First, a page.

Polish Language Blog

Calendar of Feasts – St John’s Night ( Obchody Świętojańskie) Posted by on Jul 6, 2010 in Culture


Summer is here and that’s why I decided to write about one of the very interesting holidays in Poland.

In folk tradition it was a great festival for greeting in the summer, celebrated during the summer solstice on the shortest night which is the 23rd of June, and the longest day, June 24th. The Church assigned Saint John the Baptist as its patron saint and all traditions and customs of the holiday now bear his name.

The oldest tradition of the feast was a ritual bonfire called sobótka. On the night of St. John’s Eve great bonfires were burned on hills and forest clearings. They were lit by rubbing wooden boards – an archaic way of making a spark to ignite fire.

Girls dressed in white dresses danced around a bonfire with extremely powerful magic herbs tied around their waist, and sang songs of love. Boys came to their bonfire or lit their own to show off their agility by jumping over the fire.


Image by Piotr p3tr/flickr.com

At midnight they all set off in search for fern flower (kwiat paproci), supposed to bloom only on this single night during the whole year. Its unearthly glow would show them the way to some treasure hidden deep underground and whoever found it would have all the wisdom of the world revealed to him as well as wealth and happiness. Not only fern flower (which blooms only in fairy tales), but also other plants played an important role in St. John’s Night celebrations. People believed that wormwood (bylica) was thought to scare witches (czarownice) and any kind of evil away from homes, so it was hung on front doors of houses, cowsheds and barns, sewn into clothes and thrown into St. John’s Eve bonfires against charms and spells.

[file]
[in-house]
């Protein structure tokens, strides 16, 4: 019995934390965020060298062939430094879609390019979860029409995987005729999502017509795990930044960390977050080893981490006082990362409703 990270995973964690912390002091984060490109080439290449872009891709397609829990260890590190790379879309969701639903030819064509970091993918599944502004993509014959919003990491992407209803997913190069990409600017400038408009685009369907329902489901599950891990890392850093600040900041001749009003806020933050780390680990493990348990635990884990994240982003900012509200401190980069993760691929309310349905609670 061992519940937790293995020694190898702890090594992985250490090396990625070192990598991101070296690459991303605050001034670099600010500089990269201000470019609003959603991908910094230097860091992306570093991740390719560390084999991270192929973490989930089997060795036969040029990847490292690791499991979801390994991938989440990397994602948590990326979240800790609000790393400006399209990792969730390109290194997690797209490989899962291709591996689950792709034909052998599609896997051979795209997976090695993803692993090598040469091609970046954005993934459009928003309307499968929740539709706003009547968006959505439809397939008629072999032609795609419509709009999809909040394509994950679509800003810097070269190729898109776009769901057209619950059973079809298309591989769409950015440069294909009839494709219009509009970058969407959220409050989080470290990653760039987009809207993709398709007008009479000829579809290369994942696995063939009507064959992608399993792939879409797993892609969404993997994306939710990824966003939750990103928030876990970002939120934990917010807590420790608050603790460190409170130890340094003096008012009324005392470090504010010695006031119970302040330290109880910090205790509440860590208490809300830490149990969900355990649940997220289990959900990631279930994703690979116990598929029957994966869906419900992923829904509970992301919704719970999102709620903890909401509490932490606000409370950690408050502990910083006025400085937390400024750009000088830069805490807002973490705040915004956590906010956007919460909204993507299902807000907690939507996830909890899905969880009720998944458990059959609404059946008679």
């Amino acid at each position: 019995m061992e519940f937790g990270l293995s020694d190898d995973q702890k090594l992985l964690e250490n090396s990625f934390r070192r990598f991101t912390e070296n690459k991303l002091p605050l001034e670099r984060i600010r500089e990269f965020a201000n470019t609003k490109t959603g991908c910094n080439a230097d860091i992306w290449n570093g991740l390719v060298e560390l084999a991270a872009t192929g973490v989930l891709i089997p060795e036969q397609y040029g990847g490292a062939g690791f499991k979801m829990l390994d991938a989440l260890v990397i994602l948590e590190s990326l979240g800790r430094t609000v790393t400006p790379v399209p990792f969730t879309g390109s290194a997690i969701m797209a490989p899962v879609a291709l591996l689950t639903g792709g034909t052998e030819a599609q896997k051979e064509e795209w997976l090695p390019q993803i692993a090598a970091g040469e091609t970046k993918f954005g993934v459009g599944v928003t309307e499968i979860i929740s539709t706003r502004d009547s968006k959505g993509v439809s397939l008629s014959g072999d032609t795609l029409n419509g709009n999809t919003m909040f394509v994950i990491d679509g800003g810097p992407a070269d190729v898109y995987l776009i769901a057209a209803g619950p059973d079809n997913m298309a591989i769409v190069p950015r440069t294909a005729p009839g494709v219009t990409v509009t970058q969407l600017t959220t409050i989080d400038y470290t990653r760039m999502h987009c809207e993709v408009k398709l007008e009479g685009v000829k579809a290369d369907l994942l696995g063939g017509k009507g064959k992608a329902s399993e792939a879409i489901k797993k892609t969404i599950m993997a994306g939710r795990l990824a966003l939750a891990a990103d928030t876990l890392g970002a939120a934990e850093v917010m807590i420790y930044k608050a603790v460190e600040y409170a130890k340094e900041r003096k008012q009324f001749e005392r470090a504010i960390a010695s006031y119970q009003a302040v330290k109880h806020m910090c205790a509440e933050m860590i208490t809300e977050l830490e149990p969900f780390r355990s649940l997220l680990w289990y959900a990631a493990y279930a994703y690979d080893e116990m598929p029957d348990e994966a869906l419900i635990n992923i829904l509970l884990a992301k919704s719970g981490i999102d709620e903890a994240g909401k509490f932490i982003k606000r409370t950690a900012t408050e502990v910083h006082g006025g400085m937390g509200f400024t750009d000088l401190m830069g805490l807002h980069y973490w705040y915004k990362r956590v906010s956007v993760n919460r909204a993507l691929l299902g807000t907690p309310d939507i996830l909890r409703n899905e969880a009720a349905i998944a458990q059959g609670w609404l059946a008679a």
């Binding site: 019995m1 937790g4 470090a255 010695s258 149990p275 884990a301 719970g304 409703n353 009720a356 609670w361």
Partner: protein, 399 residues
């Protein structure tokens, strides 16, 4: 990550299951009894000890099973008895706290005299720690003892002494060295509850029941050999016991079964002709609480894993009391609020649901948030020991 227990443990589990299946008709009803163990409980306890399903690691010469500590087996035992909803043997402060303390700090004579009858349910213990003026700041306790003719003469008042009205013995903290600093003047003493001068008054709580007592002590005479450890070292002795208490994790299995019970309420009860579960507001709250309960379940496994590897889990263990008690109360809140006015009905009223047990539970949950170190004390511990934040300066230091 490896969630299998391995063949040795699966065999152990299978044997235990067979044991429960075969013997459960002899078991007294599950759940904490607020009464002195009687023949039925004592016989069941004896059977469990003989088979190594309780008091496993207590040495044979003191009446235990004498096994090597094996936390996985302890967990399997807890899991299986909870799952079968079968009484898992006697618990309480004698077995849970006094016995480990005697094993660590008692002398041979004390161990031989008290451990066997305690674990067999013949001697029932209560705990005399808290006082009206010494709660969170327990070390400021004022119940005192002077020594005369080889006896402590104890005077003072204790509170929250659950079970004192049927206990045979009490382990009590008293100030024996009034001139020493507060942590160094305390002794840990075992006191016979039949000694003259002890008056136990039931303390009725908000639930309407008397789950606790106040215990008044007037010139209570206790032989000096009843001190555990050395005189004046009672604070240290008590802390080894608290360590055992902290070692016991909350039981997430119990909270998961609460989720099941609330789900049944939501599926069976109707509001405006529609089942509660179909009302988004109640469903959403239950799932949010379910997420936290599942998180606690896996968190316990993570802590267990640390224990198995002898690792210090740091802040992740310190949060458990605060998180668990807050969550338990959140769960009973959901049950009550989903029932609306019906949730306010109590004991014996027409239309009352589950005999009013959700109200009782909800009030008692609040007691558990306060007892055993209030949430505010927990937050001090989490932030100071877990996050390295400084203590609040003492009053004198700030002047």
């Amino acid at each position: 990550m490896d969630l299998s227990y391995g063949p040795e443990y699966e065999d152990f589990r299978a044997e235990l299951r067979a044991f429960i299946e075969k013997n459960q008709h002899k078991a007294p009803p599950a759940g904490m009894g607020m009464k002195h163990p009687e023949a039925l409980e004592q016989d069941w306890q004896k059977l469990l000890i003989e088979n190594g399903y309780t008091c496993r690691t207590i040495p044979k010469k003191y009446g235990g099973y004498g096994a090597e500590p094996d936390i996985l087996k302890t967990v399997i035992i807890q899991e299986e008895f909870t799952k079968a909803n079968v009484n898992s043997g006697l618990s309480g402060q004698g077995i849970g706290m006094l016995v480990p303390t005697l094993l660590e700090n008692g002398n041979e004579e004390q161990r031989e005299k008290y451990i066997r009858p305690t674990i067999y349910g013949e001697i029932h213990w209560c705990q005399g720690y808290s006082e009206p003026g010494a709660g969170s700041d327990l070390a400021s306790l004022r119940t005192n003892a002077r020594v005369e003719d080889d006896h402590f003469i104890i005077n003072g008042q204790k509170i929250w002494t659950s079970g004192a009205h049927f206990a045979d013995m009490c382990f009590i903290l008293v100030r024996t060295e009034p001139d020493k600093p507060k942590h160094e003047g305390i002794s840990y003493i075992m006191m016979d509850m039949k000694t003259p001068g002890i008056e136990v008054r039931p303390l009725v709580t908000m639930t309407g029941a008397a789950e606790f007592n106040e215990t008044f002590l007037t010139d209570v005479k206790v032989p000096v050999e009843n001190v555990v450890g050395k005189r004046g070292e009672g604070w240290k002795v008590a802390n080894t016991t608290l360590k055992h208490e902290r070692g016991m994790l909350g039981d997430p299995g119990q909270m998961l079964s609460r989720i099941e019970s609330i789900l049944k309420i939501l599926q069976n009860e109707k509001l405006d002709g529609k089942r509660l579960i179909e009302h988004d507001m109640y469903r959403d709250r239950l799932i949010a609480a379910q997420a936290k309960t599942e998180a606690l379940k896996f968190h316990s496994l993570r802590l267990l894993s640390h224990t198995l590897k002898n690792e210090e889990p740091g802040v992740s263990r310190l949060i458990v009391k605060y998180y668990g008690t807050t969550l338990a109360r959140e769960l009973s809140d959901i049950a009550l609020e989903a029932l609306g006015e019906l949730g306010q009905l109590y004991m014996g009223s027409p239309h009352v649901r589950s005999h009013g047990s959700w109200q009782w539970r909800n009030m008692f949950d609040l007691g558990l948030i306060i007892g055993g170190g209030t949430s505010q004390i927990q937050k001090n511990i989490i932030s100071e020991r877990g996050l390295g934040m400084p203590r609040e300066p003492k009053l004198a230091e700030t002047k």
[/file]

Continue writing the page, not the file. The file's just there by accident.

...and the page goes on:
Water was supposed to acquire special properties on St. John’s night. They said it was “blooming” on that night and only from St. John’s night you can swim safely in ponds, lakes and rivers.

But the most important ceremony performed by girls, which has survived to our times, was letting wreaths (wianki) float on water. Girls wove wreaths from wild and garden flowers, as a symbol of their own virginity. Then they tied the wreaths to small boards and at night they launched them to a river or stream with a burning candle attached. Some of them launched two wreaths at once, watching how they floated. If they set off quickly, following the river current and keeping close to each other, mutual love and marriage were indicated. The most desired sign was when a girl’s wreath was picked by the very boy she cherished in her heart.

Every year in Warsaw and Cracow on the banks of Vistula River, and in other places on other rivers and lakes, great festivals of wreath floating are organized, accompanied by concerts, picnics, artist performances of St. John’s Night ceremonies and games as well as fireworks.

Those nights are a lot of fun – so if you are in Poland at the end of June – you should definitely celebrate with the locals!

Do następnego razu! (Till next time…)

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About the Author: Kasia

My name is Kasia Scontsas. I grew near Lublin, Poland and moved to Warsaw to study International Business. I have passion for languages: any languages! Currently I live in New Hampshire. I enjoy skiing, kayaking, biking and paddle boarding. My husband speaks a little Polish, but our daughters are fluent in it! I wanted to make sure that they can communicate with their Polish relatives in our native language. Teaching them Polish since they were born was the best thing I could have given them! I have been writing about learning Polish language and culture for Transparent Language’s Polish Blog since 2010.


  1. Falinaptárak 2011:

    This is good to have a such a nice calendar-of-feasts-–-st-john’s-night-obchody-swietojanskie.
    I am happy to find this site.
    I like this pictures.